According to a recent law firm commissioned survey of people who hired an attorney within the last year, the leading way they found that attorney was through relationships. And it wasn’t even close.

Relationships were how 37% of people located their attorney. The next most popular source for finding an attorney was the Web at 17%.

A surprise? Hardly.

From legal marketing and SEO consultant, Gyi Tsakalakis, who synthesized the results of the survey in a post over at Avvo’s Lawyernomics:

It shouldn’t come as any surprise that legal services consumers continue to hire lawyers by asking people who they know and trust. There have been several surveys that have borne out similar results. But most experienced lawyers don’t need surveys to tell them that, they’ve lived it.

Tsakalakis is right that the Web really hasn’t change a thing as far as how most people choose an attorney.

You see, the web helps us create, nurture and solidify relationships. You have probably heard somewhere that you need to market your practice on the internet. But you misunderstood how the internet works in the context of building relationships. This is part of the reason why there are so many lame law firm Facebook pages.

Instead of bombarding people with more law firm advertisements that they hate, try a different approach to communicating the value of your services. Highlight your most important reputation evidence. Think of yourself as a publisher, not a commercial.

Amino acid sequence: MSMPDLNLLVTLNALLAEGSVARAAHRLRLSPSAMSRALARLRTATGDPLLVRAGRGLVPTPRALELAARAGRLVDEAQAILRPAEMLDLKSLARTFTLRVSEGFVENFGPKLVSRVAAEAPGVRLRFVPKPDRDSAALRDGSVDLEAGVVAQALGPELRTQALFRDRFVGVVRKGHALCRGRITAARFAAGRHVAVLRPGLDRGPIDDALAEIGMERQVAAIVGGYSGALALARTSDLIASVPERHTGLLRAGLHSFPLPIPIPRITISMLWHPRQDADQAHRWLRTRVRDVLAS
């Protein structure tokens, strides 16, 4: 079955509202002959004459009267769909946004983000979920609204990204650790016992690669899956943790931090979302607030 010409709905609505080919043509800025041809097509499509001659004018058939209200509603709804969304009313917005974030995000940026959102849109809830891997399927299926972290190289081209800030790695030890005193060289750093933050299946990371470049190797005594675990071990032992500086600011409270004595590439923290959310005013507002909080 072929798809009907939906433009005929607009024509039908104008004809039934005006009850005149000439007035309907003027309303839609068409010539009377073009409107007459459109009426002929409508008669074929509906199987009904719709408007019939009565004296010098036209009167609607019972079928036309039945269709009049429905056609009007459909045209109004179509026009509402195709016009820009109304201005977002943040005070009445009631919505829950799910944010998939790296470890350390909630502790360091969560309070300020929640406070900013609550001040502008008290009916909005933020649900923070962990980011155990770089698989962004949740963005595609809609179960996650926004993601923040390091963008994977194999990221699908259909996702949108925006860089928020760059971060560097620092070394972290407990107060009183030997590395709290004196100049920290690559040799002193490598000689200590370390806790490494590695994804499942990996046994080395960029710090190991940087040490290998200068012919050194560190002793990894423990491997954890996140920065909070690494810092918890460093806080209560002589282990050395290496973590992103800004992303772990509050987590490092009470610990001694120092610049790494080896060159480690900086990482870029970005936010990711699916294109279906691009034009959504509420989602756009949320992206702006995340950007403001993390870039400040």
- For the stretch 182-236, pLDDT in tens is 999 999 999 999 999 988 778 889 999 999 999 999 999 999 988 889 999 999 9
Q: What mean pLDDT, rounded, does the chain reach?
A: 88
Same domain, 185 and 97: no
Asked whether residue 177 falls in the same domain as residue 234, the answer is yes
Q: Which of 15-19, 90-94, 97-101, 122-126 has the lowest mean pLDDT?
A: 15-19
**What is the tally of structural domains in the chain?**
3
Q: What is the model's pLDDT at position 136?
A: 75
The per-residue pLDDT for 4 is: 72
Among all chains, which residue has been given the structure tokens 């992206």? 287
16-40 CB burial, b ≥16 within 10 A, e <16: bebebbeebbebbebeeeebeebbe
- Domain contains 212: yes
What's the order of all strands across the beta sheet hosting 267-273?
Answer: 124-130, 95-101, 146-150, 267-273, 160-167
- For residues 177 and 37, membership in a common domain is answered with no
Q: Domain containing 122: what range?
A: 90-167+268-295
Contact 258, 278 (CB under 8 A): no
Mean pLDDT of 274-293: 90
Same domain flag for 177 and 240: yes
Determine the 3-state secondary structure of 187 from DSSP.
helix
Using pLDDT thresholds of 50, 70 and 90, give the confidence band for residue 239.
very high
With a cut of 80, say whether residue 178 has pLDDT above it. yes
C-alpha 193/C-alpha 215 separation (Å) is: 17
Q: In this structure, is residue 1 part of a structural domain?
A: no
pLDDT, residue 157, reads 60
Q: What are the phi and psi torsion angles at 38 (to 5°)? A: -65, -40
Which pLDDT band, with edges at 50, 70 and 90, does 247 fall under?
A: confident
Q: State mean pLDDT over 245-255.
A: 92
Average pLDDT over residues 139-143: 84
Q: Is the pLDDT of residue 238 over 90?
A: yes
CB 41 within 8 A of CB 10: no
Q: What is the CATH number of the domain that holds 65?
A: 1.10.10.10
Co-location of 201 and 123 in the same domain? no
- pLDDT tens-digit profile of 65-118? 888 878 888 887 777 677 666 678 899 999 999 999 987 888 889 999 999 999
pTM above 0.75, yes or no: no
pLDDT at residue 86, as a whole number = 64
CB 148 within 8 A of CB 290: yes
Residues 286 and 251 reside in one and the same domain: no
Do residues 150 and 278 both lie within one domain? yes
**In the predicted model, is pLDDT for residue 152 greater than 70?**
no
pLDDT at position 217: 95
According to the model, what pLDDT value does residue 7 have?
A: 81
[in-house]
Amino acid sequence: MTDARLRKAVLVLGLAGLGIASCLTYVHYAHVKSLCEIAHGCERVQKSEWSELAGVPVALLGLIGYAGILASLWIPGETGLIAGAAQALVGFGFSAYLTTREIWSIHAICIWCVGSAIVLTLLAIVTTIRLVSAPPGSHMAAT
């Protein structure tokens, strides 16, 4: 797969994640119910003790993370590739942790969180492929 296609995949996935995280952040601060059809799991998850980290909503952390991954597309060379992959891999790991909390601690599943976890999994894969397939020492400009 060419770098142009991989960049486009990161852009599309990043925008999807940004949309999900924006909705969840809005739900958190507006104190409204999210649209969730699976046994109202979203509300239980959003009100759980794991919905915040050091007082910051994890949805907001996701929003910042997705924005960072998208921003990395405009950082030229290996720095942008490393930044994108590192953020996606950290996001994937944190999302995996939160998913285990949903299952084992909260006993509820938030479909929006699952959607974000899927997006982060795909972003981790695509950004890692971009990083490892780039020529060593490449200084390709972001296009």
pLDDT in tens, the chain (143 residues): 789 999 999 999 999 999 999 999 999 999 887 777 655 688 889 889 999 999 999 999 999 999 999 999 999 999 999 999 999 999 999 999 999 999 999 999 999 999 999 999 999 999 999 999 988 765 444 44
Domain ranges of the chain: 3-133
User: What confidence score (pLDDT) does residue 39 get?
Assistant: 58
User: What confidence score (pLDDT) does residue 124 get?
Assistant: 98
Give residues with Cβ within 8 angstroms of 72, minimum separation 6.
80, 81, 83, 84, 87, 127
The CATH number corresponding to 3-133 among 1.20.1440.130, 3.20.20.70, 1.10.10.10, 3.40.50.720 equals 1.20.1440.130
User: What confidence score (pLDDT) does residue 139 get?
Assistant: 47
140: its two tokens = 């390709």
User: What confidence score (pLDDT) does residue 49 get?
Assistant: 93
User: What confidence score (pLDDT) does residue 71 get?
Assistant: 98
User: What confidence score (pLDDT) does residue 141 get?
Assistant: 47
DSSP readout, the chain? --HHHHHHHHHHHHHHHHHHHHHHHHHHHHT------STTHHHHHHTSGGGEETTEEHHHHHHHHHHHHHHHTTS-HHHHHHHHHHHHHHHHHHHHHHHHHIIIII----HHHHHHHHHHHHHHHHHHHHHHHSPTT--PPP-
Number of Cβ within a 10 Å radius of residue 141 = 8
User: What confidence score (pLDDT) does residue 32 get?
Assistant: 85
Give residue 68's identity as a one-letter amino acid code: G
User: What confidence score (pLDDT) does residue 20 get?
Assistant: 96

Lawyers tend to spend so much time and money obsessing about things like links, rankings and followers. These tend to be the same lawyers who don’t regularly contact current and former clients. These are the people who are most likely to send you your next clients. Spend more time doing real law firm stuff.

Don’t get me wrong, the Web makes for a richer experience when selecting an attorney. There are countless ways people can use the Web to become more informed.

Directory listings, articles, reviews, and websites are all commonly used by people in the selection of an attorney and other professionals. Many folks will turn to these resources after getting the name of an attorney via a relationship they have.

But the leading way people first look for their attorney is via relationships. Friend, relative, co-worker, industry peer, fellow board member, industry leader or what have you.

I have to believe that in 1915 the leading way people found a lawyer was through relationships. Those lawyers who got out and networked to build relationships and a strong word-of-mouth reputation got more work.

It’s the same today with the Web. Those lawyers who use the Internet to build relationships and a strong word-of-mouth reputation will get more work.

The Web, working at its finest, expands everyone’s network of relationships. Blogs, LinkedIn, Twitter and Facebook build trust, relationships and word of mouth.

100 years later people still choose lawyers via relationships. Unlike 1915, the Web helps lawyers and non-lawyers build those relationships.